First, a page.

<img height="1" width="1" style="display:none" src="https://www.facebook.com/tr?id=1660977404188157&amp;ev=PageView&amp;noscript=1">

Kendal at Home Blog

Considering a New Plan for Your Garden? 7 Healthy Ideas for Gardeners

Posted by Lynne Giacobbe on May 22, 2014 at 9:00 AM

vegetable-garden-ideasDeciding what to plant in your garden can be an exciting and challenging task. Maybe it’s time for something new. Ideally, you want a good variety so you can enjoy different healthy foods and capitalize on the health of your soil. Unfortunately, it’s not quite as simple as planting what you want, when you want. You need to consult a planting calendar and take variables like soil quality into consideration.

The following suggestions were chosen with season and complexity in mind to be an ideal starting point for a new vegetable garden.

  1. Carrots: As long as you have a deep plot of soil with minimal rocks, carrots are a great vegetable for your garden. Plant your carrots in late spring (May and June) to harvest late summer all through the fall. One great quality of carrots is that it’s easy to tell when they’re ready for harvesting by when their tops breach the soil line.
  2. Lettuce: Though there are obviously lots of variations, lettuce is generally an easy plant to grow and maintain. You can plant throughout the spring and summer and enjoy harvesting all through the summer and fall.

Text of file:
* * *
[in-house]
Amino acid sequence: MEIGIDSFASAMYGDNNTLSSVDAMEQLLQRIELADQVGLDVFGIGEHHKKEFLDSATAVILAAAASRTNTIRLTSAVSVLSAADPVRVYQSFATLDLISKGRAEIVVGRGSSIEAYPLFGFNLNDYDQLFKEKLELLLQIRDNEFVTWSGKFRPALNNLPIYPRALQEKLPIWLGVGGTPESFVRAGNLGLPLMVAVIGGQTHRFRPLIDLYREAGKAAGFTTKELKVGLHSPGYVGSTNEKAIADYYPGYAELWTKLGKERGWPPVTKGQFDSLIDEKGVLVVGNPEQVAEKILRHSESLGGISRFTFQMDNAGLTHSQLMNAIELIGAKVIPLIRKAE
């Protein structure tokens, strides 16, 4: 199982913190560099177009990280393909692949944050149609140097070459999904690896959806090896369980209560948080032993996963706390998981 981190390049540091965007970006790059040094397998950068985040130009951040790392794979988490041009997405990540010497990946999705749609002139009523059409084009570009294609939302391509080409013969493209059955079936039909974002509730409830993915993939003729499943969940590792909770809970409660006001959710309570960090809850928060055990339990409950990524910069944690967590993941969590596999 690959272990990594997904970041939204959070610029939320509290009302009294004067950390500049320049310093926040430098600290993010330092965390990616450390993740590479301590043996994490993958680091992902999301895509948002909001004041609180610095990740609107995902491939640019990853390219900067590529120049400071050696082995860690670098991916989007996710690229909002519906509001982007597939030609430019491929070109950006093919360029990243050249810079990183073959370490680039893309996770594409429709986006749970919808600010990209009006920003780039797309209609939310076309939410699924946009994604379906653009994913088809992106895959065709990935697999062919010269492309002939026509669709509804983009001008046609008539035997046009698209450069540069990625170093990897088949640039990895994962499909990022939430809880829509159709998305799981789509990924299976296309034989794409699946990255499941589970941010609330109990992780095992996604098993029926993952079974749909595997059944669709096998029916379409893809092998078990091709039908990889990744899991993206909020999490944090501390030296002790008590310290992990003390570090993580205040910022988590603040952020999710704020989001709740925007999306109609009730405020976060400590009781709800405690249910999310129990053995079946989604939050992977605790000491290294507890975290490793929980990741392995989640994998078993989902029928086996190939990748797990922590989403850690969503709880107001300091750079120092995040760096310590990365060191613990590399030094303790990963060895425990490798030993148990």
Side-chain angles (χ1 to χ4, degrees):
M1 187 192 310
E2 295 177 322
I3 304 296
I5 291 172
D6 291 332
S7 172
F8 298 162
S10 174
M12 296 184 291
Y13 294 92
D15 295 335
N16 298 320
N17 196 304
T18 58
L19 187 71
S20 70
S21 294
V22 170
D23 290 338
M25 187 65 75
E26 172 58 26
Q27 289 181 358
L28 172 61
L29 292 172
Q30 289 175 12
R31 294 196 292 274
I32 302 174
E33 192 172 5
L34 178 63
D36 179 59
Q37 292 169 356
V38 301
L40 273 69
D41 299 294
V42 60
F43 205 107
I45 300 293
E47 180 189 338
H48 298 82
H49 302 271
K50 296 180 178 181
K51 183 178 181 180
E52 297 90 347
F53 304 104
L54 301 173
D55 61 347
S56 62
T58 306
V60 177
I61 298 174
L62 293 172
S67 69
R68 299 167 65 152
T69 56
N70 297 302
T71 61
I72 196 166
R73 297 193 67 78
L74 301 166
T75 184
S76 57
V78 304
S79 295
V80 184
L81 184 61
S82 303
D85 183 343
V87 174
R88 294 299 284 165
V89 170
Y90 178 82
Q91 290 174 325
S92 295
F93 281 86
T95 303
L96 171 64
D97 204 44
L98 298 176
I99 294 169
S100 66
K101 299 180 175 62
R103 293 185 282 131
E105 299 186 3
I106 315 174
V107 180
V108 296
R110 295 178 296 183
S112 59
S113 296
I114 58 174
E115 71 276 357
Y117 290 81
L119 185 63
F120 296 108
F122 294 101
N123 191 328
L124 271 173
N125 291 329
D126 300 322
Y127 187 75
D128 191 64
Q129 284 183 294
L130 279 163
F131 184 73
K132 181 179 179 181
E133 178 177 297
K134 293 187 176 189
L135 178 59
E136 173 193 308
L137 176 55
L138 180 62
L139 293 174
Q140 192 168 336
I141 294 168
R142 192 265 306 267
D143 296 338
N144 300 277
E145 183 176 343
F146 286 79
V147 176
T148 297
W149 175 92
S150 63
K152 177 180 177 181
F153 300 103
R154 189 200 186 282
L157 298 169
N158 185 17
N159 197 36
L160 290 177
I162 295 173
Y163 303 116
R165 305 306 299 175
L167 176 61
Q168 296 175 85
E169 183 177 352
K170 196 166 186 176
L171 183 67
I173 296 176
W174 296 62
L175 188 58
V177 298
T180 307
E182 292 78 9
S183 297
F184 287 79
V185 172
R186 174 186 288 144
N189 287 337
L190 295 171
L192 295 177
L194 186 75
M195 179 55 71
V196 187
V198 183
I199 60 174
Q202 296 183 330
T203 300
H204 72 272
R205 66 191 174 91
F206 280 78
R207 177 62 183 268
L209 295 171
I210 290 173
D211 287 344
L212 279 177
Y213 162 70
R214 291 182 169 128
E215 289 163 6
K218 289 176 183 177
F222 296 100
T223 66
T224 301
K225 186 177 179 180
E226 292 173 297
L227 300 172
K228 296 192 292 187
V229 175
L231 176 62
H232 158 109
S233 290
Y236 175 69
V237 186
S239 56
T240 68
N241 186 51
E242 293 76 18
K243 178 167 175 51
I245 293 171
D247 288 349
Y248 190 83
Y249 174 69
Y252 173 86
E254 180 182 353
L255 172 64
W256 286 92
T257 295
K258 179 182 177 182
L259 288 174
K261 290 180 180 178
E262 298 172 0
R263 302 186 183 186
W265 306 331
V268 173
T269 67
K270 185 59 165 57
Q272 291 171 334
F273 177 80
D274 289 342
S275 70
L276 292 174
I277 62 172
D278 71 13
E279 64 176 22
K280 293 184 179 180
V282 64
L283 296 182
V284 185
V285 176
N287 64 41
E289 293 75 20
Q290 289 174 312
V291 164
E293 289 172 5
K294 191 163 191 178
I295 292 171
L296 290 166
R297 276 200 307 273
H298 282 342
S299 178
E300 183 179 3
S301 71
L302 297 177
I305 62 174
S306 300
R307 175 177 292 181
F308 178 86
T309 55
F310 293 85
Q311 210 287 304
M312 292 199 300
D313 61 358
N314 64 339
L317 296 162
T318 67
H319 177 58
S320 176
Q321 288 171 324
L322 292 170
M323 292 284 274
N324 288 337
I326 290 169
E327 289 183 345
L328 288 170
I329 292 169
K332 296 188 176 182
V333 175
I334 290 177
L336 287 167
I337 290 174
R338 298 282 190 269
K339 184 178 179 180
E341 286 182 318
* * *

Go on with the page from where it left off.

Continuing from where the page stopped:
3. Herbs: Perhaps one of the easiest edibles to plant and grow successfully, herbs are great for flavoring your cooking and are hearty enough to last through colder months, especially if potted and brought inside. Try rosemary, mint, and basil to start.
  4. Spinach: In addition to being incredibly good for you, spinach is also a relatively simple plant to grow and maintain. Once its leaves get to a reasonable size, you can begin harvesting continually, which will promote new growth.
  5. Radishes: Though they certainly aren’t what one would call a “popular” vegetable, radishes are a beginning gardener’s best friends. They grow quickly and have high yield, so the reward will be quick and plentiful.
  6. Summer Squash: Another vegetable with a high yield is summer squash. As long as you make sure your squashes are protected from the wind, you can manage to feed an entire family on just a few plants.
  7. Tomatoes: Look for starter plants at your local nursery or home improvement store. If you plant in the spring, well-sunned tomato plants can produce all through the summer. 

Not only does having your own vegetable and herb garden give you easy access to high quality and nutritious food, gardening also has benefits to your mental and physical health. Many gardeners find the practice relaxing and meditative. Getting out of the house to enjoy some activity and sunshine helps to boost your mood and can even act as exercise.

For other ideas for staying active this spring, download this guide.

Remaining Active

Topics: remaining active, remaining healthy, garden

Share your comments

New Call-to-action